The Darcy Coat Hack

The weekend long read.
I'm obsessed with this coat.
Strong opening sentence for a strong garment. 
Last winter I worked on releasing my first coat pattern, the Darcy Coat. I wanted it to be the mother of all winter coats. Whether it is is down to personal opinion but I think it’s pretty close…
This pattern is an oversized long coat with a big collar, welt pockets and adjustable sleeve tabs. It’s extremely roomy to give plenty of space for layering over bulky winter jumpers. This is the 4th one I've made, the others being in wool, waxed cotton and a shorter version in denim. I love all of them and they all serve a different purpose so this is a pattern that can work hard for you.
Last winter I made this coat in a beautiful green fabric that was sold to me as 100% wool. When I brought it back to the studio it melted on a high heat iron so it turned out to be a wool/polyester blend. The fabric has already started to look very worn out, despite having only worn it for about 4 months last winter. It was so frustrating to put days of work into sewing something and it not turn out to not be the substantial life-long piece you were aiming for.
I wanted to re-create a new Darcy Coat this winter to satisfy that wool-coat-itch and also to run through this gusset pocket pattern again. You might recognise the pocket as a hack addition for the Potters Jacket. I’m working on adding this to the official instructions for the Potters Jacket rather than an additional hack as it seems to be very popular. I wanted to run through the instructions using a wool which is a bit more bulky and I’m really pleased with the result.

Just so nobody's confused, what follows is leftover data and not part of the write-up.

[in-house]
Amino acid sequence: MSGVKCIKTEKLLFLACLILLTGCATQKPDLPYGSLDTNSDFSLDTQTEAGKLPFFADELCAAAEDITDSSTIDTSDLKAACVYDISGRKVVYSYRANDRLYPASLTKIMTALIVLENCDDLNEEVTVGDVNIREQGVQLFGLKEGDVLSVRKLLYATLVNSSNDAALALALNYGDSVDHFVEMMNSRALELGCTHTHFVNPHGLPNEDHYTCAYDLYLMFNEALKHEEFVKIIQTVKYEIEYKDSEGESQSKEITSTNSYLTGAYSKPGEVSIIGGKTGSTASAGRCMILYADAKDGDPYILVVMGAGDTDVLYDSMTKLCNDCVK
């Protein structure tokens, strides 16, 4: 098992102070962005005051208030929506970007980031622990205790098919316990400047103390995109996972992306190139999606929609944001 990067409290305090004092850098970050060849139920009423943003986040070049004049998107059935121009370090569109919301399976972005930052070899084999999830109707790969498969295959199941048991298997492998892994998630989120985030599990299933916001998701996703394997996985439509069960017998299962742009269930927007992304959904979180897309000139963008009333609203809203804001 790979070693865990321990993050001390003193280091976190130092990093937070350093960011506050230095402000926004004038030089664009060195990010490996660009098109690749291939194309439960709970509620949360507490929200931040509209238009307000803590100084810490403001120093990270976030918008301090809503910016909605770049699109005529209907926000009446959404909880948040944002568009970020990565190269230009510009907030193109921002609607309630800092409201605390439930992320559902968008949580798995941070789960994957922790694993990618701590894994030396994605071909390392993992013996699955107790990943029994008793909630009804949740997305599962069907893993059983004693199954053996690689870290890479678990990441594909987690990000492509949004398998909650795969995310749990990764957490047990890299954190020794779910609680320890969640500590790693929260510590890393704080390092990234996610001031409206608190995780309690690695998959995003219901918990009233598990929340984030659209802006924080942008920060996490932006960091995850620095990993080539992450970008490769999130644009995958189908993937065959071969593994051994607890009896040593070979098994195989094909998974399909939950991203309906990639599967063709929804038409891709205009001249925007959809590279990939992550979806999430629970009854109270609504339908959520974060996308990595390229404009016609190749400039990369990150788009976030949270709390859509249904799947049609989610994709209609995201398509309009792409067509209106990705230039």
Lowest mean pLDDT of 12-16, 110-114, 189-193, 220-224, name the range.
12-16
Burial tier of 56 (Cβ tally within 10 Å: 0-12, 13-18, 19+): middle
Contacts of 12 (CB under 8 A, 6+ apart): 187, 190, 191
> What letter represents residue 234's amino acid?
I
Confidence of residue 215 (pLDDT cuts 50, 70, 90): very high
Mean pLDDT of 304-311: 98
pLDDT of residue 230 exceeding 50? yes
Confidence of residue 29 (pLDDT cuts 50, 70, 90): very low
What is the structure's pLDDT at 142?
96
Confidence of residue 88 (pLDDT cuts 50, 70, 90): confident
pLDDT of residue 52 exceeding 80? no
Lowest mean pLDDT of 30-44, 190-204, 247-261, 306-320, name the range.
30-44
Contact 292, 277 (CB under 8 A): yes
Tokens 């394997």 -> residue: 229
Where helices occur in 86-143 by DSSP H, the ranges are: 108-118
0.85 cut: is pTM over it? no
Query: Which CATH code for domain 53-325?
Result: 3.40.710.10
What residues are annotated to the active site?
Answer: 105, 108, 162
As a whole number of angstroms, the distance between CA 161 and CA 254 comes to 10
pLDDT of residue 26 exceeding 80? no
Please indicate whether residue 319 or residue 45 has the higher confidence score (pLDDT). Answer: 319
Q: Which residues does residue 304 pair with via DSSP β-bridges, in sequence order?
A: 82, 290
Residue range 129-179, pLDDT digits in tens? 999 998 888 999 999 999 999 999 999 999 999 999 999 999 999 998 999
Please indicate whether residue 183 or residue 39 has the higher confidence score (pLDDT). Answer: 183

Other than the pocket the main changes I made for this version was making it longer and thinner. The change has transformed the garment so much more than I thought it would. Read below for all of the changes I made.
Before we get into the details of my make I thought I'd share some tips for sewing your own Darcy Coat:
1. Treat cutting out and pre-fusing as a separate task before your sewing day. It’s a long piece to sew and it's a good part to do separately.
2. Try to get a 100% wool fabric if you can and if you end up with a blend remember to use a pressing cloth to avoid melting the fabric.
3. Pressing is SO important for this piece. Take your time and treat it like a craft in itself. Use a bit of body weight on the iron to get a nice flat seam. Don’t use a continuous steam setting as it will drench the fabric and cause it to stretch, use steam intentionally and sparingly. And don’t over-press and burn the wool! Do a test piece to see where the limit is for your fabric. 
4. Once you’ve finished leave it for a day and return with fresh eyes for the final pressing and buttons and button holes. Take your time with the final pressing as you can really sculpt the garment to look fantastic as this stage.
5. Work up to it. This isn't a quick piece to make and not one for beginners to tackle. If you're still building up your sewing skills our workshops are there to give you a strong foundation to your techniques and knowledge. I recommend taking your time to get a strong base for yourself with a couple of these workshops before tackling the Darcy Coat.
Let me know any thoughts and questions and have a happy Sunday.
Cut: Darcy Coat
Size: 10
Fabric: 100% wool loden, 385GSM (sourced from a wholesale supplier)
- added 20cm to the overall length
- removed about 10cm from the back side seams at the hem (total circumference at hem = 146cm)
- shaved a tiny bit off the collar point
- added bellow pockets
- replaced popper on the sleeve with tie and clasp